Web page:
Rainwater Farm Reaching Out - Soap Beyond Borders

Posted on February 21, 2020 by Colette Souder | 90 comments

Recently I was asked, “How do you giveWoman stirring soap back?” I give back in many ways, but the biggest is my work with Haiti. I have traveled there three times---each time working with the locals on the techniques of soap making.  Due to the length of time it takes shipments to arrive in Haiti, I sent all equipment, supplies, and raw ingredients you need to make soap, months ahead of my first trip there. I sent everything from a stand you have to put soap on, to the coconut oil, lye, olive oil, tallow, and essential oils. When I knew that the supplies made it down there, I booked my flight.


The first time I went with my husband Steve. Prior to traveling down there, I had asked the church, where I was going to be making the soap, if they had a heat source where we could heat up the oils. In my mind, I was thinking of something like an industrial kitchen at their school. When we got there, they had this metal bucket with charcoal in it and I had to put the pot on that. Every part of the process was done outside in the church yard on a dirt path. It was as crude as I’ve ever seen. 

Haitian Girls Washing ClothesThe whole experience was eye opening. When we arrived, the whole church came out to meet us in their Sunday best. It was so precious on how welcoming and eager to learn they were. That first day we were there, I made soap right in front of them. Down in Haiti, we were not inside and it was very humid. Due to the heat and humidity, it took a lot longer to stir. When I make my soap, in the air conditioned or heated house---a controlled atmosphere---it’s done in a half hour, tops. There, it took several hours to stir the soap to get to a thickness that would work in successfully creating blocks of soap. Two days later, we cut the soap made into bars and made more soap, and two days later, we repeated the process where they had to do it completely by themselves. 

When Steve and I were down there, we noticed that the priest, who we were staying with, needed a new truck. So when we got home, we raised $55,000 for a new truck. My parish priest insisted I go down and buy it for him because if I send the money, it often times gets diverted to other necessary causes.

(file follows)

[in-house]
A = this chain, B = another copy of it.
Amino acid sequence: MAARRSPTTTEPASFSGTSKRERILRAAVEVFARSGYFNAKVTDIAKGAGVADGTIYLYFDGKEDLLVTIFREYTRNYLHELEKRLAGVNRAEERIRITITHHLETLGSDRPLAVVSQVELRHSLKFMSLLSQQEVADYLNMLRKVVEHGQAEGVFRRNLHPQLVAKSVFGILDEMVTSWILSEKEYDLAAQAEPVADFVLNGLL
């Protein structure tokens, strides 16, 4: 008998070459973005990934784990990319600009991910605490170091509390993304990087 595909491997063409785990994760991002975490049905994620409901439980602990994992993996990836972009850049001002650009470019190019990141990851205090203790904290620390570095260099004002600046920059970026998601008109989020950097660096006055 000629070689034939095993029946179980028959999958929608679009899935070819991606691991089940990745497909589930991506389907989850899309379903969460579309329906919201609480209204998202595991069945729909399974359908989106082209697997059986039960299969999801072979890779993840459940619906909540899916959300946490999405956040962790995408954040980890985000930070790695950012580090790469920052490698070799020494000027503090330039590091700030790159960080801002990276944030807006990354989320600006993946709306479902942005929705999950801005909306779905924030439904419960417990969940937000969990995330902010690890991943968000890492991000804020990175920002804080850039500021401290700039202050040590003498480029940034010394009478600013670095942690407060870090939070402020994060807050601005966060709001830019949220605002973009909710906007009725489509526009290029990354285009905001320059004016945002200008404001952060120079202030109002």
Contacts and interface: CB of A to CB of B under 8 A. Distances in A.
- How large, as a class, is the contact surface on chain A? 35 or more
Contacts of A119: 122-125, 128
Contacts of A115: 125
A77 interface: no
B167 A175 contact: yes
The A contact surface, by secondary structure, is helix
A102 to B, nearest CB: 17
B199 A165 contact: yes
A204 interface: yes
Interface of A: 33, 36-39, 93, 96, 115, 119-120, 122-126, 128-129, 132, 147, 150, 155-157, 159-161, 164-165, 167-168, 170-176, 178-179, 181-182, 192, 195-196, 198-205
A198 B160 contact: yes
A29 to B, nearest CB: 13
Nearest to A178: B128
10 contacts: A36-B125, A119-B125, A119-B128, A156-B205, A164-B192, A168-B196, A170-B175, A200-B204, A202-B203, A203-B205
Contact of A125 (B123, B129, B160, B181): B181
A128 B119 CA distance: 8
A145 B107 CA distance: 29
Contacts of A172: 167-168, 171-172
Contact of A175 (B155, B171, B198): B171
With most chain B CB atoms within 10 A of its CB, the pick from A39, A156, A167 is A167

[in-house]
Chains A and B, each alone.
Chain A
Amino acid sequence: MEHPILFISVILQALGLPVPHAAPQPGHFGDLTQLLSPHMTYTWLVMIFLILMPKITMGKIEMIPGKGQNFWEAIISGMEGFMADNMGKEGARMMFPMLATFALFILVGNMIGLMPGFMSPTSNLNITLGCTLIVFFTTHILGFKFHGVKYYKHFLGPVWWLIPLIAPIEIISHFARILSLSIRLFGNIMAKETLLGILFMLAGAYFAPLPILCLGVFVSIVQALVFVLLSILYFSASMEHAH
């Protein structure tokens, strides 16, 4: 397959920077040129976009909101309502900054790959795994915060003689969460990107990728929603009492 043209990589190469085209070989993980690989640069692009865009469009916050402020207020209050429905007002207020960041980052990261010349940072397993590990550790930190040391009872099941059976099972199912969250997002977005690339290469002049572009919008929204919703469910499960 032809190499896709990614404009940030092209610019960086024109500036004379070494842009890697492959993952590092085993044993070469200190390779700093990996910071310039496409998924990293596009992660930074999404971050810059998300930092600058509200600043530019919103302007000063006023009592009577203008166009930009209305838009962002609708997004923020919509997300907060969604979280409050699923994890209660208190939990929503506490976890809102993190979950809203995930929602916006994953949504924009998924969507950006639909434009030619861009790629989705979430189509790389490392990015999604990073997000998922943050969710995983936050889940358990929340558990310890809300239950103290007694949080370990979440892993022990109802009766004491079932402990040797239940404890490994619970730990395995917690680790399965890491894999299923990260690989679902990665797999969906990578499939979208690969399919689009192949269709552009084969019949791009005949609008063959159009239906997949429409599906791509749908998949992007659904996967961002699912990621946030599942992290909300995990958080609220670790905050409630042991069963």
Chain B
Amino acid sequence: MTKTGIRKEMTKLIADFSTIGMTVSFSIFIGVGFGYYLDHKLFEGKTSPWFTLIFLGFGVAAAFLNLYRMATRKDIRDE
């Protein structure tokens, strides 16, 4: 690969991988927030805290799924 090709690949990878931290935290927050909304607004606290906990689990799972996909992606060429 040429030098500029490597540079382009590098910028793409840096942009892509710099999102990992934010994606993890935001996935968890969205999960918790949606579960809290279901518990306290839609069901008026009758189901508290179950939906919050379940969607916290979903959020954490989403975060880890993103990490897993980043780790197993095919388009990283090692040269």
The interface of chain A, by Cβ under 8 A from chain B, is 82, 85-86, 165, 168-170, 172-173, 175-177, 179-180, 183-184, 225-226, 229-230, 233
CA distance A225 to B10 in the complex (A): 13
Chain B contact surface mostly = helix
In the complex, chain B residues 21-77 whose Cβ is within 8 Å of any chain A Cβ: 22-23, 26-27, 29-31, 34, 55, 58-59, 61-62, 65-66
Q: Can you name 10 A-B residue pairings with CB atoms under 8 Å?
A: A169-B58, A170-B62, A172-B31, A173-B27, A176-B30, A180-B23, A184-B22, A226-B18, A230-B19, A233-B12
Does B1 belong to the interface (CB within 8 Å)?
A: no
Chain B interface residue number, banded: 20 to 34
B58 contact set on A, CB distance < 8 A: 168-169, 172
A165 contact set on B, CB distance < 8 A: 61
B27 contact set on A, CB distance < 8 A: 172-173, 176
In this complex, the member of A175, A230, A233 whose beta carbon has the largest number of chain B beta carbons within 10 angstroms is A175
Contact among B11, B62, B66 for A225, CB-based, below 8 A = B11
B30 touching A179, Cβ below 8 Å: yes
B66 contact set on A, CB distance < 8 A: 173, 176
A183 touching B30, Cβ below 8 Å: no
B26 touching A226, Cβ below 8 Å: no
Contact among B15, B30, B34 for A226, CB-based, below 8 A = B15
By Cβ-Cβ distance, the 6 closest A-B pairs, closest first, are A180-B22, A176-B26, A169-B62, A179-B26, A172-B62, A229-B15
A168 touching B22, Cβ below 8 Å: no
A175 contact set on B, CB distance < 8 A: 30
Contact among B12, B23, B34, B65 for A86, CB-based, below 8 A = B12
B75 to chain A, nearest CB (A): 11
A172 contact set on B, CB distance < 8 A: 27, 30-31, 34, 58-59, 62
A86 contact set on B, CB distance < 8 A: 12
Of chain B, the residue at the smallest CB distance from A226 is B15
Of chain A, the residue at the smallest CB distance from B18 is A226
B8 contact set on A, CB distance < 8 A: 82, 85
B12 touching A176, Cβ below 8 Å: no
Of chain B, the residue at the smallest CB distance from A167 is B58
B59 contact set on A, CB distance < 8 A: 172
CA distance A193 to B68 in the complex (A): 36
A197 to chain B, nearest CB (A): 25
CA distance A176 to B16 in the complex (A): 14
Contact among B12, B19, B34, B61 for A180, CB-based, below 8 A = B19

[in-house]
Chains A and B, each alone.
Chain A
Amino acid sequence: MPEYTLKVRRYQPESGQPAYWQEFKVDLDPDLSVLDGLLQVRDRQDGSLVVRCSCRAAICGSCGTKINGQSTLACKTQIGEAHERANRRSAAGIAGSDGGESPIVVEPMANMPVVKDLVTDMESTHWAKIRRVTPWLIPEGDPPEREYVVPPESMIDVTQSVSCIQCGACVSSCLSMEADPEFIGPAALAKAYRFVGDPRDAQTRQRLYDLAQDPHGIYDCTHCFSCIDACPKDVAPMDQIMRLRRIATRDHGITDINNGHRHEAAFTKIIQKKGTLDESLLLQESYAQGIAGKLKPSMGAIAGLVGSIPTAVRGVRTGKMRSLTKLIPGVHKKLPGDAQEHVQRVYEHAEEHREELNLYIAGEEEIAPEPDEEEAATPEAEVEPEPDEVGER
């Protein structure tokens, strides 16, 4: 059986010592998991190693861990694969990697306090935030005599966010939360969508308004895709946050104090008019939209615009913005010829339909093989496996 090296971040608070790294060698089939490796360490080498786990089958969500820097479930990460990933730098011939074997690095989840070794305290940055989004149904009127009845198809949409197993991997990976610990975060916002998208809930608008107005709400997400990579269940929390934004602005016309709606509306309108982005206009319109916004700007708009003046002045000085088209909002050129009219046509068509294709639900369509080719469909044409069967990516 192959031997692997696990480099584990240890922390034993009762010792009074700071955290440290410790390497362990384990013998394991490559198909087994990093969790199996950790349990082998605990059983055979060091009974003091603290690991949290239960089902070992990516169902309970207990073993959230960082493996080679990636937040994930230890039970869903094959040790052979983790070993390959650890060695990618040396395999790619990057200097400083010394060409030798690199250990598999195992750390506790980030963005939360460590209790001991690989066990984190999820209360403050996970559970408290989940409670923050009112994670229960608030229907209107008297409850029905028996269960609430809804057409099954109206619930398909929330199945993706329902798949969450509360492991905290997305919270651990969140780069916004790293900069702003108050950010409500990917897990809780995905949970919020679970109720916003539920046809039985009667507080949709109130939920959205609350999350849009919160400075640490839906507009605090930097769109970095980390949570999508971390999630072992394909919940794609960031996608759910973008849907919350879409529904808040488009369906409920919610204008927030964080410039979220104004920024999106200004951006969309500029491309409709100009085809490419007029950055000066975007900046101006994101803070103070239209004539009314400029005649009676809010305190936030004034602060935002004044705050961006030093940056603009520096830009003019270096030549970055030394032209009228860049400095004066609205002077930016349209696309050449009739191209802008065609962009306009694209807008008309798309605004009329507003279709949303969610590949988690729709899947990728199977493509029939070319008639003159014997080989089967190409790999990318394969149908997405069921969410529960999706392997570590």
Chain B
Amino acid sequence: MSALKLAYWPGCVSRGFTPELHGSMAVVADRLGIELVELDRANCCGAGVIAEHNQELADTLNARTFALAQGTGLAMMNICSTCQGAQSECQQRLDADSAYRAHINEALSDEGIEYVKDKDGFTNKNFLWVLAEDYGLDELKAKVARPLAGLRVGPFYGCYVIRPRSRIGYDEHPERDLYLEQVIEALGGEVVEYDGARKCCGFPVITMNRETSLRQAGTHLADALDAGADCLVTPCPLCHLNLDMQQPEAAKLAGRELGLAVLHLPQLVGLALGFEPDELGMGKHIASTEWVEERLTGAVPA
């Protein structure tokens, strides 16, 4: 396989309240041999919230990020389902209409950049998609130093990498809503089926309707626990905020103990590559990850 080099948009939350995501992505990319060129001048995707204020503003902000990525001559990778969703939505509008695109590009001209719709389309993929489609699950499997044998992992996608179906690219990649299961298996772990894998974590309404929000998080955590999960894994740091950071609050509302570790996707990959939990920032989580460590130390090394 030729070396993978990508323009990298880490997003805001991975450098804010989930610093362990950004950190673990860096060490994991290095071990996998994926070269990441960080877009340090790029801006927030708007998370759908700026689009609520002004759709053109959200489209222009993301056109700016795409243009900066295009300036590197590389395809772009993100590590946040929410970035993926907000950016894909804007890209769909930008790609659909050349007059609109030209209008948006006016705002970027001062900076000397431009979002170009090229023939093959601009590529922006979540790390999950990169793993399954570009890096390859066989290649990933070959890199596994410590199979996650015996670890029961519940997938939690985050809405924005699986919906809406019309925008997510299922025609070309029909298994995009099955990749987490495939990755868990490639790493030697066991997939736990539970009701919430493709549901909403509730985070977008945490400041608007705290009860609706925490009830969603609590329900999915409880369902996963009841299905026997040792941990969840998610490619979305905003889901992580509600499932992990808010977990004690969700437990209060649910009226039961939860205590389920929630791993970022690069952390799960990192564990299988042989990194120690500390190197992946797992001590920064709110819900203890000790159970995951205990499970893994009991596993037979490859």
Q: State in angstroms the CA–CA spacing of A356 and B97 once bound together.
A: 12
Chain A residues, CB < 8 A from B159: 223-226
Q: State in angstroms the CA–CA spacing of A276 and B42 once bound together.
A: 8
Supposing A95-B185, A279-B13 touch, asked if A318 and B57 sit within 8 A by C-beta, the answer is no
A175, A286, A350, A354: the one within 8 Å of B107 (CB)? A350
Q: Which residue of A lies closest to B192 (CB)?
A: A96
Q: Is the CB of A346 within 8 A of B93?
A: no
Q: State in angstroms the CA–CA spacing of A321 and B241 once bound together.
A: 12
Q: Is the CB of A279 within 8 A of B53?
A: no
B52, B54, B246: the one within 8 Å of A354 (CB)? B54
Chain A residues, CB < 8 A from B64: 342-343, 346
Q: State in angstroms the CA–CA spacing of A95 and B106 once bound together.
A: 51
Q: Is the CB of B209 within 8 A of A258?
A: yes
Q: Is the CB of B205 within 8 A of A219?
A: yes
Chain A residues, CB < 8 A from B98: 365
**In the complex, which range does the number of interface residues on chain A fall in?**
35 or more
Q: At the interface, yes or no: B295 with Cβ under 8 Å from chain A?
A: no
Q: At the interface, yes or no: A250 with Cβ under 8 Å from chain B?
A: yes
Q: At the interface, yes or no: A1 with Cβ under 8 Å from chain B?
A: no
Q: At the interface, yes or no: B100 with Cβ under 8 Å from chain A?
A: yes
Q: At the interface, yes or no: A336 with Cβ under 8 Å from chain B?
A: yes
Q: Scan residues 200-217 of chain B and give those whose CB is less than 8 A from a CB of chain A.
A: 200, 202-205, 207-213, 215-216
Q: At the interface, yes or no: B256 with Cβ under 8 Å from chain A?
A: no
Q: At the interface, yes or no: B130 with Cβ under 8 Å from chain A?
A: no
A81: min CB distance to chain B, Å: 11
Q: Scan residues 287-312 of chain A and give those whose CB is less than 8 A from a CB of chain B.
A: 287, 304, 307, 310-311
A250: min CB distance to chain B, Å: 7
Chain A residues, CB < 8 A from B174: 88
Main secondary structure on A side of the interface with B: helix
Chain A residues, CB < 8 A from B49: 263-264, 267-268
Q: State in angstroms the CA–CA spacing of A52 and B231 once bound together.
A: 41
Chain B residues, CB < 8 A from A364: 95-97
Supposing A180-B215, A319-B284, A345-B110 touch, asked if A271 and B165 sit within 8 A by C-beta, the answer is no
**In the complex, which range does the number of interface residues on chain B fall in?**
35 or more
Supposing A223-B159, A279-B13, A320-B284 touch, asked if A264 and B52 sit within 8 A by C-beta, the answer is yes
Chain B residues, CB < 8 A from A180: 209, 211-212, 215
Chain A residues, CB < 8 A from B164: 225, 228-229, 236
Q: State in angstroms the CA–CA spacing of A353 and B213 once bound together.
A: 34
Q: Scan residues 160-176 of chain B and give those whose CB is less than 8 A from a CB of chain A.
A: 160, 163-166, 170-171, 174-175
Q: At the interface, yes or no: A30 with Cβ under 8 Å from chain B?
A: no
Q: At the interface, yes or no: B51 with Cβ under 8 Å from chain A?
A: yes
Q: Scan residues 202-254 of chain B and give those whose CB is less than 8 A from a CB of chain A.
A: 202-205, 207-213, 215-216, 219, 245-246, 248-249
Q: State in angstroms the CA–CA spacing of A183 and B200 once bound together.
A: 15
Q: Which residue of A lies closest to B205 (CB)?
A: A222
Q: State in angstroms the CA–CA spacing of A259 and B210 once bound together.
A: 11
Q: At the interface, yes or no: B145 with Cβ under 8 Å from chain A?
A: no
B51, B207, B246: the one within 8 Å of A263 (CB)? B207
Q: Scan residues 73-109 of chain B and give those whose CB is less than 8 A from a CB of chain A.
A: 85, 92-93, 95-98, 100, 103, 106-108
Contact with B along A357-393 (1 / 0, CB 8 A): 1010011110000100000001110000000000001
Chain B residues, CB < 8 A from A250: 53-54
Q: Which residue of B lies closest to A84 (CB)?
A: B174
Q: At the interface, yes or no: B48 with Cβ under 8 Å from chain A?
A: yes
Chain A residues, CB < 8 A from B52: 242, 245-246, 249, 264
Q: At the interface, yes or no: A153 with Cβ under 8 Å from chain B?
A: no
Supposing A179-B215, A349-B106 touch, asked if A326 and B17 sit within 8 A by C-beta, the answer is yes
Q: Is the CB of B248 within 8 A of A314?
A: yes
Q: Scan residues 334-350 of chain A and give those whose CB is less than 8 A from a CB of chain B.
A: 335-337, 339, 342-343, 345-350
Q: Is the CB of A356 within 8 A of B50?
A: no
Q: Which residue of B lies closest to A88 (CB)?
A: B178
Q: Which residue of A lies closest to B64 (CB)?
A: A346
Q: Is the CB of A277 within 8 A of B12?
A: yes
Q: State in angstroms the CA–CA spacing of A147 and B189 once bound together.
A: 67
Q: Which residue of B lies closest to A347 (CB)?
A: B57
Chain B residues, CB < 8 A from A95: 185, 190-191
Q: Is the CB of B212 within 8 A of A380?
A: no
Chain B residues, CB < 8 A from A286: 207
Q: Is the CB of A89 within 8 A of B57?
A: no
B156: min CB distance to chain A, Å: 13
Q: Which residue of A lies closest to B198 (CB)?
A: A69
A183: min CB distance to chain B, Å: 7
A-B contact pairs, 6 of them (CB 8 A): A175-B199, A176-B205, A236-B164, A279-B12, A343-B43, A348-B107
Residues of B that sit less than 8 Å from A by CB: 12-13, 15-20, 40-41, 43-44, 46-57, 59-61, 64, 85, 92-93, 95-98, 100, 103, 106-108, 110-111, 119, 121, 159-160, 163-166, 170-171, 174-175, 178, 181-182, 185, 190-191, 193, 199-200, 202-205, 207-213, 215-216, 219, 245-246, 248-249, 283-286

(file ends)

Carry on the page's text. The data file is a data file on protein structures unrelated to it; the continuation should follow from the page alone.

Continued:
That second time I went down with my daughter, Clare, to go to the Ford dealership to buy the car. Now this was a different situation. Before, when we went down, we stayed with the priest, who had a much nicer living space. That time, we were in an enclosed apartment with a gated wall around the compound. This next time, we were not housed in that building. It was very scary, especially for my little daughter who was only age 12 at the time. We were in this little clinic house and people would just come up to the windows at night and look inside. There was no running water. He had a big barrel of water that we would need to take buckets of water to flush the toilet or wash yourself. He would put clorox in there to kill the bugs or bacteria. It stung your skin when you washed up. 

Haitian girl in front of clothes lineOne of the young women, Roseline, who learned to make soap the first trip, was our interpreter. She’s someone I’ve kept up a relationship with. After some time, she moved away from that job and married a local gentleman, with whom they now have two children. Unemployment rate there, I think, is something like 60% (don’t quote me on that). But, her husband is one of the blessed people who does have a job. Roseline would have loved to have a job, but could not get any work, because her husband makes $500 a month. As far as I can tell, food costs are very similar to what we have in America. They only have rice and beans and it is a hard existence. During our continued correspondence, I asked her, “Do you want to make soap?” and she did. She remembered how to make it, but she didn’t have any of the equipment and supplies.

 

In the summer of 2017, I shipped all the needed equipment and supplies down to her home in Port-au-Prince. After the shipment arrived, I returned to Haiti taking my sister this time, as well. This trip was to reintroduce Roseline to making soap. For the first night I sat and stirred soap for hours making the first batch forgetting how long the beginning of the process took---it was about 95 degrees with high humidity. All I wanted to do was go to bed, but I stayed up stirring. 

Roseline now has a small business that every year I send enough supplies for her to make about 1000 bars of soap. She makes a little bit of money trying to sell it. If anyone wants to get a good deal on Rainwater Farm soap, go down there and buy it, because it’s probably sold for about a dollar a bar--cheaper than you can make it, but the Haitians cannot afford any more than that.

It has been a really interesting experience. Haiti is not a vacation spot. For me, it is something you endure, but it was nonetheless good. The truth is I receive more from them than they received from me.


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